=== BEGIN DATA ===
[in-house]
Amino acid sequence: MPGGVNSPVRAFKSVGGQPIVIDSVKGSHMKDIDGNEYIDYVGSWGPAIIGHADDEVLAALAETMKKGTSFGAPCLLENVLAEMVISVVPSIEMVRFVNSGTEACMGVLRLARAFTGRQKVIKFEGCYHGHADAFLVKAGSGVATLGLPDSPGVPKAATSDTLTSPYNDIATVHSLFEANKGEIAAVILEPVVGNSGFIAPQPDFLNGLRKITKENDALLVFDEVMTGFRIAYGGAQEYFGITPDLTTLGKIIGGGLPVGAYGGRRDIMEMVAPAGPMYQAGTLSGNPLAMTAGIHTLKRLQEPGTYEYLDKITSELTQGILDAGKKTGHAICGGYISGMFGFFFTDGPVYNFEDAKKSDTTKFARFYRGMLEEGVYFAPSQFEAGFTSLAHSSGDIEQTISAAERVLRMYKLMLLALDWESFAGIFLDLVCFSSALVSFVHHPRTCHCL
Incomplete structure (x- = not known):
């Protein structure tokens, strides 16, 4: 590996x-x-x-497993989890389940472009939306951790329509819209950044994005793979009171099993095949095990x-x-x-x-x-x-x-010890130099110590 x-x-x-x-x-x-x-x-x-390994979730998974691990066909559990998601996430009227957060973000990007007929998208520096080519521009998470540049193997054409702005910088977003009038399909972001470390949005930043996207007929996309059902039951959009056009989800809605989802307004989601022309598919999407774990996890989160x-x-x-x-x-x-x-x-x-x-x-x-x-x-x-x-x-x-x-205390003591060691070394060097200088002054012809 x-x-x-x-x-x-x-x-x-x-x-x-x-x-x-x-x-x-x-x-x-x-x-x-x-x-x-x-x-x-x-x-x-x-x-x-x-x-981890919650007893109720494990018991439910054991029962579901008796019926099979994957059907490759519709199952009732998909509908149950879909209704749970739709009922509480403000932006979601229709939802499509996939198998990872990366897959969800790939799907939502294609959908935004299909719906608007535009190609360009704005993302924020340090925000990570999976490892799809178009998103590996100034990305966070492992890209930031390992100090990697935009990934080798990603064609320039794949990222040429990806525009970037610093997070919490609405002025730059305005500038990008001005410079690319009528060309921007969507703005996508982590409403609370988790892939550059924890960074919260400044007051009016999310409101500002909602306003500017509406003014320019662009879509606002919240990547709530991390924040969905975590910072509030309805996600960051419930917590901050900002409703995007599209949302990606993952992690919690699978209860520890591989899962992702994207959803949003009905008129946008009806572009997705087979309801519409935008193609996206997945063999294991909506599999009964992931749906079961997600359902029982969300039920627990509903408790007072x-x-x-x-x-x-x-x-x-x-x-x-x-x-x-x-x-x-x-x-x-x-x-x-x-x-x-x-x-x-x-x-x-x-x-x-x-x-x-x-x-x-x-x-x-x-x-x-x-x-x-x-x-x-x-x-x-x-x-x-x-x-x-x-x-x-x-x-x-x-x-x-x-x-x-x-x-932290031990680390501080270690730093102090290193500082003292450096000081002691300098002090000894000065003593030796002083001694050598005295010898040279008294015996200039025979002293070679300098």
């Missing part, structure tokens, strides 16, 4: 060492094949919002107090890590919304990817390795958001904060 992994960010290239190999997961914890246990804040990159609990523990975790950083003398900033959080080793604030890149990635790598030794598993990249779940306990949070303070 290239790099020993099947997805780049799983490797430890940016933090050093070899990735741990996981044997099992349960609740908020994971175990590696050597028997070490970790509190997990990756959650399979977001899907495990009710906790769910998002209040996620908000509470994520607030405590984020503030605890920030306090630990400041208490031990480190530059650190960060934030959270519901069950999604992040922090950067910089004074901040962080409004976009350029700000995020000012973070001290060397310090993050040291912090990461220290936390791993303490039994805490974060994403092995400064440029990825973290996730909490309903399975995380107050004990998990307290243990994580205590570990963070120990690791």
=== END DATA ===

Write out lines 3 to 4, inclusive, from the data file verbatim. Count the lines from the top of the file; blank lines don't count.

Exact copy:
Incomplete structure (x- = not known):
């Protein structure tokens, strides 16, 4: 590996x-x-x-497993989890389940472009939306951790329509819209950044994005793979009171099993095949095990x-x-x-x-x-x-x-010890130099110590 x-x-x-x-x-x-x-x-x-390994979730998974691990066909559990998601996430009227957060973000990007007929998208520096080519521009998470540049193997054409702005910088977003009038399909972001470390949005930043996207007929996309059902039951959009056009989800809605989802307004989601022309598919999407774990996890989160x-x-x-x-x-x-x-x-x-x-x-x-x-x-x-x-x-x-x-205390003591060691070394060097200088002054012809 x-x-x-x-x-x-x-x-x-x-x-x-x-x-x-x-x-x-x-x-x-x-x-x-x-x-x-x-x-x-x-x-x-x-x-x-x-x-981890919650007893109720494990018991439910054991029962579901008796019926099979994957059907490759519709199952009732998909509908149950879909209704749970739709009922509480403000932006979601229709939802499509996939198998990872990366897959969800790939799907939502294609959908935004299909719906608007535009190609360009704005993302924020340090925000990570999976490892799809178009998103590996100034990305966070492992890209930031390992100090990697935009990934080798990603064609320039794949990222040429990806525009970037610093997070919490609405002025730059305005500038990008001005410079690319009528060309921007969507703005996508982590409403609370988790892939550059924890960074919260400044007051009016999310409101500002909602306003500017509406003014320019662009879509606002919240990547709530991390924040969905975590910072509030309805996600960051419930917590901050900002409703995007599209949302990606993952992690919690699978209860520890591989899962992702994207959803949003009905008129946008009806572009997705087979309801519409935008193609996206997945063999294991909506599999009964992931749906079961997600359902029982969300039920627990509903408790007072x-x-x-x-x-x-x-x-x-x-x-x-x-x-x-x-x-x-x-x-x-x-x-x-x-x-x-x-x-x-x-x-x-x-x-x-x-x-x-x-x-x-x-x-x-x-x-x-x-x-x-x-x-x-x-x-x-x-x-x-x-x-x-x-x-x-x-x-x-x-x-x-x-x-x-x-x-932290031990680390501080270690730093102090290193500082003292450096000081002691300098002090000894000065003593030796002083001694050598005295010898040279008294015996200039025979002293070679300098």